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“It’s a public collection, so it belongs to us. Let’s take a look and see what we’ve got!”

With this premise as the starting point, I invited various citizens of the city of Dresden to talk with me about art – to tell me what kind of artworks they like, or would like to see in an exhibition – and to join me in an experiment. I asked them to choose artworks from the Kunstfonds collection (Art Fund Collection, Dresden State Art Collections) and, as “non-experts”, to curate an exhibition. I worked with five different groups of people who otherwise don’t have anything to do with art (at least not professionally) to help them develop original ideas for an art show that was then part of the large-scale exhibition in the Motorenhalle.

All in all, the project participants selected about 90 prints, paintings, photographs, sculptures, videos and installations from the time between 1949 and 2010 from the Kunstfonds collection. Silke Wagler, director of the Kunstfonds, said: “It’s important to mention that many of these works hadn’t been seen for a long time – had it not been for this unusual project, they wouldn’t have had the best chances of being shown at any time in the near future.”

The participating groups each tried to find artworks that would fulfill the criteria they had come up with beforehand. My role as artist and initiator of this project was to assist and guide them, as well as to pre-select works for them to look at in the depot. The participants came up with a title and a short text to accompany the artworks they selected for the exhibition:

In fact, not every group was able to find what they were looking for amongst the works in the Kunstfonds collection. The youngest group of participants (the Blue Pearls cheerleaders) had a hard time finding the lively, cheerful, dynamic, and optimistic images of groups they had been hoping to find.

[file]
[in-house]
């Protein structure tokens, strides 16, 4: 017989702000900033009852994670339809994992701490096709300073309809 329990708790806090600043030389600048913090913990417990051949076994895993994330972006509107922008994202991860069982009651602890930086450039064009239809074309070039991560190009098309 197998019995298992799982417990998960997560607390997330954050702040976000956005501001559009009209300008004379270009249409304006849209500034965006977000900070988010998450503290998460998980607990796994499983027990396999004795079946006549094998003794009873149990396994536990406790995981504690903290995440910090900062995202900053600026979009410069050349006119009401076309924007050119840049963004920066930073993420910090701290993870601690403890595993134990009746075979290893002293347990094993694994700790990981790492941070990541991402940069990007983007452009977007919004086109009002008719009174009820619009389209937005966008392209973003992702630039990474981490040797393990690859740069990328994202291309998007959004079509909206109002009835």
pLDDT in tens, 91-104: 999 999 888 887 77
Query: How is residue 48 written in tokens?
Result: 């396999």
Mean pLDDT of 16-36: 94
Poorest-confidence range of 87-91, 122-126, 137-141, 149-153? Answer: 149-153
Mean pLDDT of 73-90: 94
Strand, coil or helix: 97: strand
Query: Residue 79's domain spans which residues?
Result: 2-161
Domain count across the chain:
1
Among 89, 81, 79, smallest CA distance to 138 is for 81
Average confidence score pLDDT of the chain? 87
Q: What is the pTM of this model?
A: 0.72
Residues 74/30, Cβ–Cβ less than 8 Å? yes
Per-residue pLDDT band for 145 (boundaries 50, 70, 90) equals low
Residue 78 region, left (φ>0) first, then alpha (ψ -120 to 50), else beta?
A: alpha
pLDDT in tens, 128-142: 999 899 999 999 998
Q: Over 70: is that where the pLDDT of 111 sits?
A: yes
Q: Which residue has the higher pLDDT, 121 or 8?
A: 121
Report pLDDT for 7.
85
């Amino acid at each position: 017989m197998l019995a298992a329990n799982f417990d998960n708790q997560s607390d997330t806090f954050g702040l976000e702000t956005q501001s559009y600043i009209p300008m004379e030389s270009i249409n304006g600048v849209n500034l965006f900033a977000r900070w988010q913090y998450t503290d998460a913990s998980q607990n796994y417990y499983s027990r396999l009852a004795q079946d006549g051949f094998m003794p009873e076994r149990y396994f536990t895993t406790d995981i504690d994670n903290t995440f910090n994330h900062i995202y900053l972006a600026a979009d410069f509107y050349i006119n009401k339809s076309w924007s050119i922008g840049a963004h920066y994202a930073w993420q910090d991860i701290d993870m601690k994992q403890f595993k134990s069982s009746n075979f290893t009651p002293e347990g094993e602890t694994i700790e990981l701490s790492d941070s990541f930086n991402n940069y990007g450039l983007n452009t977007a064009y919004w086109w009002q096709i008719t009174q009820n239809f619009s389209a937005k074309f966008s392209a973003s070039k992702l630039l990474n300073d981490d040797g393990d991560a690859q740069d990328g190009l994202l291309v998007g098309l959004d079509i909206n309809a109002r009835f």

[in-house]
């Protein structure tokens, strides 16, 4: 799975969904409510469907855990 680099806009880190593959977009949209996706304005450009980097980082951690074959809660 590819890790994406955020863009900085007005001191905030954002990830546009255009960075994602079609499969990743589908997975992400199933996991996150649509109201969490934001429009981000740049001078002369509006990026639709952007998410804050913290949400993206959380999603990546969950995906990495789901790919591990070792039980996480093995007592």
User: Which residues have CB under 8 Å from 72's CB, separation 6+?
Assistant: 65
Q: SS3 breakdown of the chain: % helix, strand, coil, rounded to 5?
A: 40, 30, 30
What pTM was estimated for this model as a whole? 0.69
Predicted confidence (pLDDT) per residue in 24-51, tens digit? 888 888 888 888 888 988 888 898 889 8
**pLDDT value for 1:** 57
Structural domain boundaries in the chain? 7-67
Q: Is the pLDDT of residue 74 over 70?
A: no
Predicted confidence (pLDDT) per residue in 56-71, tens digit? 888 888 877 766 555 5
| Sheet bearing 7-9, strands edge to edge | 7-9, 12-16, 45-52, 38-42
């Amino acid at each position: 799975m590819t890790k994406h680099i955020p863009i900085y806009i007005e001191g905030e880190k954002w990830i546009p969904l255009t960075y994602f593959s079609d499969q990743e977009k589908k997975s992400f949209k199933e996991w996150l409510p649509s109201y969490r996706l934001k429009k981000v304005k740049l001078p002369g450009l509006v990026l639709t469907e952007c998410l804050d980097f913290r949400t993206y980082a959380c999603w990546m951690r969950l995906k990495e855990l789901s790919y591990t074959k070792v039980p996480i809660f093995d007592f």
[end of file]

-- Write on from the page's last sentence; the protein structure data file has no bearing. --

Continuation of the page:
I decided to use the occasion to create a new work for the exhibition, playfully treating the Blue Pearls’ criteria as if they were the requirements for a commissioned work of art – and to involve the cheerleaders in the process. I organized for them to perform for residents of the Clara Zetkin nursing home in Dresden, and the cheerleaders came up with their own choreography for the event. Together with Thilo Frö:bel, I documented the performance and then used the photos to create *gold* (see image lower right). The photomontage light box was displayed along with the Blue Pearls’ selection in the exhibition Mal schauen! Laien wählen Kunstwerke aus dem Depot.

MORE about the institutions involved:

READ essays about this work:

“It’s a public collection, so it belongs to us. Let’s take a look and see what we’ve got!”

With this premise as the starting point, I invited various citizens of the city of Dresden to talk with me about art – to tell me what kind of artworks they like, or would like to see in an exhibition – and to join me in an experiment. I asked them to choose artworks from the Kunstfonds collection (Art Fund Collection, Dresden State Art Collections) and, as “non-experts”, to curate an exhibition. I worked with five different groups of people who otherwise don’t have anything to do with art (at least not professionally) to help them develop original ideas for an art show that was then part of the large-scale exhibition in the Motorenhalle.

All in all, the project participants selected about 90 prints, paintings, photographs, sculptures, videos and installations from the time between 1949 and 2010 from the Kunstfonds collection. Silke Wagler, director of the Kunstfonds, said: “It’s important to mention that many of these works hadn’t been seen for a long time – had it not been for this unusual project, they wouldn’t have had the best chances of being shown at any time in the near future.”

The participating groups each tried to find artworks that would fulfill the criteria they had come up with beforehand. My role as artist and initiator of this project was to assist and guide them, as well as to pre-select works for them to look at in the depot. The participants came up with a title and a short text to accompany the artworks they selected for the exhibition: